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Charter–Time Warner Cable Merger: Netflix Declares Its Support

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Netflix supports Charter–Time Warner Cable merger

Netflix (NFLX) declared its support for the merger between Charter Communications (CHTR) and Time Warner Cable (TWC) during its 2Q15 earnings call. Netflix is supporting this merger because the combined company has said it wouldn’t charge any interconnection fee to Netflix across the Charter–Time Warner Cable network.

Currently, companies such as Netflix pay interconnection fees to ISPs (Internet service providers) like AT&T (T) and Verizon (VZ) to move Netflix’s streaming videos across their networks in a fast and efficient manner.

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Charter has adopted the net neutrality rules that came into effect in February this year. The FCC (Federal Communications Commission) decided in February 2015 to reclassify broadband Internet as a public utility, similar to a phone service. This gives the FCC more regulatory power over ISPs such as AT&T and Verizon, and allows companies such as Netflix to file a complaint against higher interconnection fees.

The above chart indicates the average speed provided by each ISP for media streaming the Netflix service in the month of June. As the above chart shows, Charter and Time Warner Cable had average speeds of 3.37 Mbps (megabits per second) and 3.19 Mbps, respectively. Cox Communications, meanwhile, was the fastest ISP.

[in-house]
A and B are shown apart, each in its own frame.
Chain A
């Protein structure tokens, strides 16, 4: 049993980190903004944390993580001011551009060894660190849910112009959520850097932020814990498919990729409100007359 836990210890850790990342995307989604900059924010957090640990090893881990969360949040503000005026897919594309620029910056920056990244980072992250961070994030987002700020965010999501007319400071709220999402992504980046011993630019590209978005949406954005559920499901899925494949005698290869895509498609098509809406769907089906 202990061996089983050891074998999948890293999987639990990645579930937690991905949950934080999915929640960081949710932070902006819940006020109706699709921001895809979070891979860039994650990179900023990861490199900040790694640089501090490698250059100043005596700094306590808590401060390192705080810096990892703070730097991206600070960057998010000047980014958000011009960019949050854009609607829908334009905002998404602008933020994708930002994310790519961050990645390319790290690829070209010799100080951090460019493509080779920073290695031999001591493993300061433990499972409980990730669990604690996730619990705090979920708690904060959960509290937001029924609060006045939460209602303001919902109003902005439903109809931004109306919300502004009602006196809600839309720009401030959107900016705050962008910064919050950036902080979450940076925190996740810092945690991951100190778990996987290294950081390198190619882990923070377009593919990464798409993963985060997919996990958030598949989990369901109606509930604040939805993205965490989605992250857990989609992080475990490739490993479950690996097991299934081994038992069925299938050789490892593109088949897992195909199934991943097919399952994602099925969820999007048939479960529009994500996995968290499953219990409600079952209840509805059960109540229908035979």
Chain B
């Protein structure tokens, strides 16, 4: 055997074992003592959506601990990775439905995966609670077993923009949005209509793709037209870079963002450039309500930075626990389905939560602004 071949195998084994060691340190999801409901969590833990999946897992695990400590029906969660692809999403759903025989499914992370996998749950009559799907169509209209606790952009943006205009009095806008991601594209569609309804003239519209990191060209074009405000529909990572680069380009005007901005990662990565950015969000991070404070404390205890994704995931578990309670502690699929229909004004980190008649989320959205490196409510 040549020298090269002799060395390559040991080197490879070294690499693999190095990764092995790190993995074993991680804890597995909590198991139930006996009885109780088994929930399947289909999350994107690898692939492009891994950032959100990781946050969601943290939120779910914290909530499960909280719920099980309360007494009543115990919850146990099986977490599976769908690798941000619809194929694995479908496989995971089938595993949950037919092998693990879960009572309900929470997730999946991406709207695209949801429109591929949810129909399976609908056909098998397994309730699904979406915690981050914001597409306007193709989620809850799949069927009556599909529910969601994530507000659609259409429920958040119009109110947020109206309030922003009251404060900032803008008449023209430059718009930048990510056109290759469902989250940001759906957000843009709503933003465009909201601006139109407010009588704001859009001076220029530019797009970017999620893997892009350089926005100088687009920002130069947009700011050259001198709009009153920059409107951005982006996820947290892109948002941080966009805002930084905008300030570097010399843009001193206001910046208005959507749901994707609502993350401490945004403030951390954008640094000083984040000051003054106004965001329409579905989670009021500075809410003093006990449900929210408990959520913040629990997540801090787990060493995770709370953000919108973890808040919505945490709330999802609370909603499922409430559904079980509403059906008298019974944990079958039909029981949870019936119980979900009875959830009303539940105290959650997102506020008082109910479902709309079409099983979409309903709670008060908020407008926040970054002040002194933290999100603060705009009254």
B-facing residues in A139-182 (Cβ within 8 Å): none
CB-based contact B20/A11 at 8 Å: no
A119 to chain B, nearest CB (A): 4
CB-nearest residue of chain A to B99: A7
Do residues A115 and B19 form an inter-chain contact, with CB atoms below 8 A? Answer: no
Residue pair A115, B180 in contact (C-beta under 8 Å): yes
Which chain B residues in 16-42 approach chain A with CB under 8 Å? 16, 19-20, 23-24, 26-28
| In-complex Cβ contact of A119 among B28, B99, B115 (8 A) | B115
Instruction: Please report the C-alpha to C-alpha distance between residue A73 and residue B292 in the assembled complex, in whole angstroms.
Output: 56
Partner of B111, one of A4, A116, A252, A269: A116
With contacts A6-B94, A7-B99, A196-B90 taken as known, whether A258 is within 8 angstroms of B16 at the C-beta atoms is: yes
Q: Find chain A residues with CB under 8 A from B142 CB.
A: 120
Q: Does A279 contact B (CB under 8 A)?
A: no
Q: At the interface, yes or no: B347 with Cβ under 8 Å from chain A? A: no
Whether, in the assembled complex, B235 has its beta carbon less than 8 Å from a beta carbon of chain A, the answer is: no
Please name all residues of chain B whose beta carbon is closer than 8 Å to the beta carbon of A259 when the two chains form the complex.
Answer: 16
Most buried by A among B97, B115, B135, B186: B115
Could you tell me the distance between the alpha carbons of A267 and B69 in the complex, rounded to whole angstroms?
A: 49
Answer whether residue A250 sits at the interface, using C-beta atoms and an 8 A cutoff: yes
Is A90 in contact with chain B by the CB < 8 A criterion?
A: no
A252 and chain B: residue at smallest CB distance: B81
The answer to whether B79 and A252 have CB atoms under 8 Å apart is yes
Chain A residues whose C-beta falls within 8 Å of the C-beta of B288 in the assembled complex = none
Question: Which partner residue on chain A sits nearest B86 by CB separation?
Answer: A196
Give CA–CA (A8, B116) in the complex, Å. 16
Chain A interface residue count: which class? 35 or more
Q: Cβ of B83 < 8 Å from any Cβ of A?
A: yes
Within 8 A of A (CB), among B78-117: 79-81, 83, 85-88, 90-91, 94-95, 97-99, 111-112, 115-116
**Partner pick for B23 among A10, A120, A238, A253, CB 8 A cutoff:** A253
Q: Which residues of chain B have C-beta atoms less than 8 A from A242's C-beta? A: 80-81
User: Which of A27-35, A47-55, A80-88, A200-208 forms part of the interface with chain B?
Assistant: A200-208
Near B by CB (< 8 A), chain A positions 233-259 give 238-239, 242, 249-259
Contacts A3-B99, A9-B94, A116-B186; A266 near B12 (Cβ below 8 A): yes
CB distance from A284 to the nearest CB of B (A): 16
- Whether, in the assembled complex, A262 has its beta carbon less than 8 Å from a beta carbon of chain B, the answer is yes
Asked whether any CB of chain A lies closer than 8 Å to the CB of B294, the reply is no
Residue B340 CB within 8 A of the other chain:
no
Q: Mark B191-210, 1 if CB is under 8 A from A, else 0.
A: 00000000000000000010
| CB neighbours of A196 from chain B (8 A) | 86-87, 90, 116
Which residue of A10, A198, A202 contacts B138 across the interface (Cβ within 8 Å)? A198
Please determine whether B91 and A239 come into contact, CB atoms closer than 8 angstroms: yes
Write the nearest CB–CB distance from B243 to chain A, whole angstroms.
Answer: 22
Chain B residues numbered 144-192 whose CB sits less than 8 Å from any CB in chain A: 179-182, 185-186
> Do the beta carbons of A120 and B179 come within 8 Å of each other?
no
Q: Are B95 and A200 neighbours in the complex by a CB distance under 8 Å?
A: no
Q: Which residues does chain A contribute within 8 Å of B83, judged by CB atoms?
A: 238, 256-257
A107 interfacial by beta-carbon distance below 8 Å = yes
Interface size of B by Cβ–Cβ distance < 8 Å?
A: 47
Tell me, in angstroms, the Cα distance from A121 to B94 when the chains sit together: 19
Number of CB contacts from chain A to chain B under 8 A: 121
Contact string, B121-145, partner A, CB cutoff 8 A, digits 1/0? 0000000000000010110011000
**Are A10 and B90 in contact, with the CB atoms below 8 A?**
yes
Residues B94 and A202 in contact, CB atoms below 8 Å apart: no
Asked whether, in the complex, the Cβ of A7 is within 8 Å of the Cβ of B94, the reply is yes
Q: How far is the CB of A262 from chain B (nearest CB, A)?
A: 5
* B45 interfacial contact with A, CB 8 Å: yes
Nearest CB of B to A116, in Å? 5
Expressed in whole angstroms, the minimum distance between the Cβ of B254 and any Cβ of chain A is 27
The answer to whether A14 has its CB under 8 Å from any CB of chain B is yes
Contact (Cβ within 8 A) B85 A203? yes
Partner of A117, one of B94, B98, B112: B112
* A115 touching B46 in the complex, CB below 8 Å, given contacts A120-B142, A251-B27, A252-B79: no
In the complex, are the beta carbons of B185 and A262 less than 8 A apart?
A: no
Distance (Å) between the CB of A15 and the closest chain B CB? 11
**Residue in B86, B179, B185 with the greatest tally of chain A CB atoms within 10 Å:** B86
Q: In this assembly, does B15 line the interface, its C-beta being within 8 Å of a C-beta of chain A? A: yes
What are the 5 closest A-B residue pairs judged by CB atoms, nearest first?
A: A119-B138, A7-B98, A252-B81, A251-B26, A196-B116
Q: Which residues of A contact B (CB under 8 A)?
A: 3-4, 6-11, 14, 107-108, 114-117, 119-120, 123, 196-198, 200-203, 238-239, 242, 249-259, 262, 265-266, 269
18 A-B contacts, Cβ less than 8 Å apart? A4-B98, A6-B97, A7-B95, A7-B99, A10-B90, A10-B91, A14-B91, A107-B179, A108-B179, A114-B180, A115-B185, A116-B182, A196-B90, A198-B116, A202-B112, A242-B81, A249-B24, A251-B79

Open interconnection policy conditions

Even with the fees, Charter’s open interconnection system comes with a few conditions. Companies such as Netflix will have to pay for their own infrastructure to interconnect with Charter across nine POPs (points of presence). Netflix will also have to maintain 3 Gbps (gigabits per second) of traffic monthly at each Charter POP.

If an interconnecting company such as Netflix exceeds 3 Gbps of traffic, Charter and the interconnecting company will each have to upgrade their own infrastructure at their own cost. Charter will have the right to suspend interconnection agreements when there is high traffic over its network.

Currently, Netflix doesn’t have an interconnection agreement with Charter.

You can get diversified exposure to Netflix by investing in the Consumer Discretionary Select Sector SPDR Fund (XLY), which has invested 2% of its portfolio in the stock.

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